William Adair Bernoudy (1910-1988) was a leading advocate of Frank Lloyd Wright’s modern organic architecture and a widely admired St. Louis architect. Born in St. Louis, Bernoudy first attended the Washington University in St. Louis School of Architecture before studying under Frank Lloyd Wright as one of forty charter Taliesin Fellowship apprentices between October, 1932 and September, 1935. Returning to St. Louis, Bernoudy then spent several years doing various jobs before teaming up with architect Edouard Mutrux in 1938 and beginning his fifty-year architectural career.

Bernoudy was known for his skill in designing houses that harmonized with the local environment and terrain.  He designed more than one hundred new structures, including the Pulitzer pool and pavilion, the Guthrie house, the Williams villa, as well as Bernoudy’s own house. He also designed numerous renovations and additions to existing structures and was well known for his landscape designs.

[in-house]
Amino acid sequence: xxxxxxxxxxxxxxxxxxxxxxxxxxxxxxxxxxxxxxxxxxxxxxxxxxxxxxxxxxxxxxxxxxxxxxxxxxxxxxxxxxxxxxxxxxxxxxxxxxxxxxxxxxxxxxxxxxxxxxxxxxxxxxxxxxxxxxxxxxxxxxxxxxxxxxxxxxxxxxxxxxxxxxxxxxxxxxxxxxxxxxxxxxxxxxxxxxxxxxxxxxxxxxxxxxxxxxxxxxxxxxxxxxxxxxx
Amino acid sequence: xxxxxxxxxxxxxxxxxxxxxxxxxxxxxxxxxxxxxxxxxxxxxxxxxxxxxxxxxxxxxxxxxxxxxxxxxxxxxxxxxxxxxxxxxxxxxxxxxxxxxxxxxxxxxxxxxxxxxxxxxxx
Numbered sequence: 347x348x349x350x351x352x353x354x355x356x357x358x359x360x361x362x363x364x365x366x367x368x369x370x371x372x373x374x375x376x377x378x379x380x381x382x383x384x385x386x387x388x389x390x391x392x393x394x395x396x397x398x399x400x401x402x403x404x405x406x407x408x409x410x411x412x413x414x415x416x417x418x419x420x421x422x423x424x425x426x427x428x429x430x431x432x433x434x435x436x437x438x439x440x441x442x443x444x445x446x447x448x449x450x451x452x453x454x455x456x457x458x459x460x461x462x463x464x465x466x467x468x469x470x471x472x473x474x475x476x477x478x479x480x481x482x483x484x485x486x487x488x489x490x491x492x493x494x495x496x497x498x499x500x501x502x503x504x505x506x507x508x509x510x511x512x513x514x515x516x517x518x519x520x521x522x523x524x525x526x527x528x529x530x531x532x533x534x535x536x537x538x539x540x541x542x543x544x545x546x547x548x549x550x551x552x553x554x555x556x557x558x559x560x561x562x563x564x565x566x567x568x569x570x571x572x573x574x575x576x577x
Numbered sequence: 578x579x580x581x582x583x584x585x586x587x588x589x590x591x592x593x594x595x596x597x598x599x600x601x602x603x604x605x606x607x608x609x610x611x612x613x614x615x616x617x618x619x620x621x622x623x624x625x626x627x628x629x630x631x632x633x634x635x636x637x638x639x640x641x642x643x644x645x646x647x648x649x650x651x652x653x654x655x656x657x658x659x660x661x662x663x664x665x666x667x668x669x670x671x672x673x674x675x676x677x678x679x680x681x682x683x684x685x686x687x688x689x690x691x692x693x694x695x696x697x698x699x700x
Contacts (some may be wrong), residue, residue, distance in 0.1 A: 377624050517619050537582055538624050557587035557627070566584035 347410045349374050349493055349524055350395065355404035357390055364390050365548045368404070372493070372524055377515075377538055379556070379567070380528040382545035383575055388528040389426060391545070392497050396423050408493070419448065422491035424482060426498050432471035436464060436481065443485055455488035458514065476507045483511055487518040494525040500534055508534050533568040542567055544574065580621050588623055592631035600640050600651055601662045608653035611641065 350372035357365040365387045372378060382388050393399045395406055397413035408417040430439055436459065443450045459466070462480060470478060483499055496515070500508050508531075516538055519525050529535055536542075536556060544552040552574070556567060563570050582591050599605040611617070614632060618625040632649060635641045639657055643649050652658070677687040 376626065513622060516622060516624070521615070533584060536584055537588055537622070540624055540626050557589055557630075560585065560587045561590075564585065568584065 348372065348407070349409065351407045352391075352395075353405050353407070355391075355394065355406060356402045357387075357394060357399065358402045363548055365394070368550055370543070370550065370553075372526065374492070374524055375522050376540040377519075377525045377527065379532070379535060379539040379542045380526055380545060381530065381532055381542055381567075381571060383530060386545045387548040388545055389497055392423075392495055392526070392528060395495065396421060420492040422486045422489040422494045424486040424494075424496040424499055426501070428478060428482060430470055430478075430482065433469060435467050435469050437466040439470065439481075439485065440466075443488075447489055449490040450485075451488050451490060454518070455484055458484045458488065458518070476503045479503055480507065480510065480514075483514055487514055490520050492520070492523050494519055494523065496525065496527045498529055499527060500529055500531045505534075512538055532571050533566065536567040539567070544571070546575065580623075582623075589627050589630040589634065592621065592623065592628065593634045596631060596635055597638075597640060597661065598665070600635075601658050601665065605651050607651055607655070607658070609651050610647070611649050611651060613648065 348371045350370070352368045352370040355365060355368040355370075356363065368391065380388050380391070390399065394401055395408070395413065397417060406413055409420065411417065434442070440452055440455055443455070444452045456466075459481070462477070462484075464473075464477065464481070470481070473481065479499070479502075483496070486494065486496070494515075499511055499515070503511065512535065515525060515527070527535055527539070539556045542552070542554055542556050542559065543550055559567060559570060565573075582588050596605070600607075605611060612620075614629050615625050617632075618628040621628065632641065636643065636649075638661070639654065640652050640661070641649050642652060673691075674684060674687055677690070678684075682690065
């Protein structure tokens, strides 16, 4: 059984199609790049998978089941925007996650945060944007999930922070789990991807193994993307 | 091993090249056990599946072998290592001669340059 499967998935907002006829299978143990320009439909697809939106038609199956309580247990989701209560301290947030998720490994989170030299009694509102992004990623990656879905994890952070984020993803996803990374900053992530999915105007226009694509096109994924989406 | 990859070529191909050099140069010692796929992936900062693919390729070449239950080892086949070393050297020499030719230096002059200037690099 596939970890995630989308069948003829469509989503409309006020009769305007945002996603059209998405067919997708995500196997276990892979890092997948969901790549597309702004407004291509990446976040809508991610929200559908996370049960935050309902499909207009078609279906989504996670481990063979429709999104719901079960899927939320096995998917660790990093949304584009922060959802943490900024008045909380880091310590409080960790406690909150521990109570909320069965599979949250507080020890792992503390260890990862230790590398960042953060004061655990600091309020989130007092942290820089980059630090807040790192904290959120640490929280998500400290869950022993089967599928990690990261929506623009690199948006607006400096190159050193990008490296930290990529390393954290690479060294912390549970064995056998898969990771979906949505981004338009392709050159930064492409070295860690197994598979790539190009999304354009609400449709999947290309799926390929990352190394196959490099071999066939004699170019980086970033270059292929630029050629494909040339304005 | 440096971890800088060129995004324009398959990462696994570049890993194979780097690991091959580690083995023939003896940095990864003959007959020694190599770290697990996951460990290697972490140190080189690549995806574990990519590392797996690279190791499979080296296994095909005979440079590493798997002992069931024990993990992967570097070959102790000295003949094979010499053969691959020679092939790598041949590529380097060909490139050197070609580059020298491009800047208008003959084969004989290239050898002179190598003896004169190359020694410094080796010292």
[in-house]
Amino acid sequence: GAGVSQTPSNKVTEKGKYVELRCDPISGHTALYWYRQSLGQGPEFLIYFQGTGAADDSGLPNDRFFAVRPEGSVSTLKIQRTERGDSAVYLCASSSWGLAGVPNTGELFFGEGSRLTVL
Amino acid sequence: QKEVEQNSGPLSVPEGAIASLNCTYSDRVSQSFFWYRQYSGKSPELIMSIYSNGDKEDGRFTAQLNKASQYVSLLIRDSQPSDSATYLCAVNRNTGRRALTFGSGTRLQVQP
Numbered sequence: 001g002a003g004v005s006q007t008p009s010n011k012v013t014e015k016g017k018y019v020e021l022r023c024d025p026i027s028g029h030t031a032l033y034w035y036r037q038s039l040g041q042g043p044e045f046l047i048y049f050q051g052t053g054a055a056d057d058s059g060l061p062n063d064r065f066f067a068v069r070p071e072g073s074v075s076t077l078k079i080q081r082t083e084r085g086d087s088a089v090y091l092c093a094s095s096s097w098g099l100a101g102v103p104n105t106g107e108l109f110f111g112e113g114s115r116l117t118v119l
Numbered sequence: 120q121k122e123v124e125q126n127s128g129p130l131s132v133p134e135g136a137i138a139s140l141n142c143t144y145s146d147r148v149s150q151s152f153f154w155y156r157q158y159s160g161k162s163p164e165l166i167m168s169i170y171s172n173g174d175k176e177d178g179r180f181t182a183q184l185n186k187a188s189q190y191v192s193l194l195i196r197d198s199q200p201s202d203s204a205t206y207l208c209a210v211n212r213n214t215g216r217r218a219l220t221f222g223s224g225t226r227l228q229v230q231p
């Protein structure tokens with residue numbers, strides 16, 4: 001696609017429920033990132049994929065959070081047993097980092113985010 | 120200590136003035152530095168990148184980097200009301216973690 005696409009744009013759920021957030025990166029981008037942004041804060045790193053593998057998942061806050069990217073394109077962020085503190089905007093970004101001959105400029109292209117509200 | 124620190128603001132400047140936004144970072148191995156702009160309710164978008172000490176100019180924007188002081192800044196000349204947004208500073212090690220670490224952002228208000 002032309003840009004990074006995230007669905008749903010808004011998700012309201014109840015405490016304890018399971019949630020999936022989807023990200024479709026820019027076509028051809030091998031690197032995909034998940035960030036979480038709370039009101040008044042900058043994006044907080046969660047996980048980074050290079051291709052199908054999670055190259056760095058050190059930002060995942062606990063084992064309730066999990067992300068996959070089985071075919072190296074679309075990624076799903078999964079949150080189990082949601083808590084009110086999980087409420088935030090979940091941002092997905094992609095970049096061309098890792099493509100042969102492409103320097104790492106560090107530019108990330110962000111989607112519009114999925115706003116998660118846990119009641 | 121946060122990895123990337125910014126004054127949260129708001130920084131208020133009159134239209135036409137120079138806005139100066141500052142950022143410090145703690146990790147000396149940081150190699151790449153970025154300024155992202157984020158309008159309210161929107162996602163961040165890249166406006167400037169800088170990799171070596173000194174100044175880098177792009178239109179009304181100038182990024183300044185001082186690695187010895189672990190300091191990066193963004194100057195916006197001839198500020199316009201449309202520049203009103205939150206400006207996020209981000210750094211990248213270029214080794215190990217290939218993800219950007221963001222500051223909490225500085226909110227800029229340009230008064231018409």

Bernoudy’s wife, Gertrude, was a very talented and avid art collector, and played a vital role in Bernoudy’s life and career. Together they had an immense influence on the cultural life of St. Louis – a community to which they devoted their lives.

John C. Guenther, FAIA, LEED AP will present the life and works of William Adair Bernoudy, FAIA , including the Taliesin Fellowship (1932-1935), the Talbot Residence (1939); Pulitzer Pool & Pavilion (1948, 1951), Bernoudy residence (1950, 1956), Schweiss Residence (1950), Close Residence (1953), Grand residence (1956), First Methodist Church (1960), Temple Emmanuel (1961), Wolfson Residence (1965), Beaumont Pavilion (1965), Kiener Memorial Entrance Gate, St. Louis Zoo (1966), Williams Residence (1966), Yalem Pavilion (1971), United Missouri Bank of Ferguson (1974), Michael Pulitzer Residence (1975), Millard Residence (1977-1978), McLaughlin Residence (1983), and the Sommer Vacation Residence (1985).



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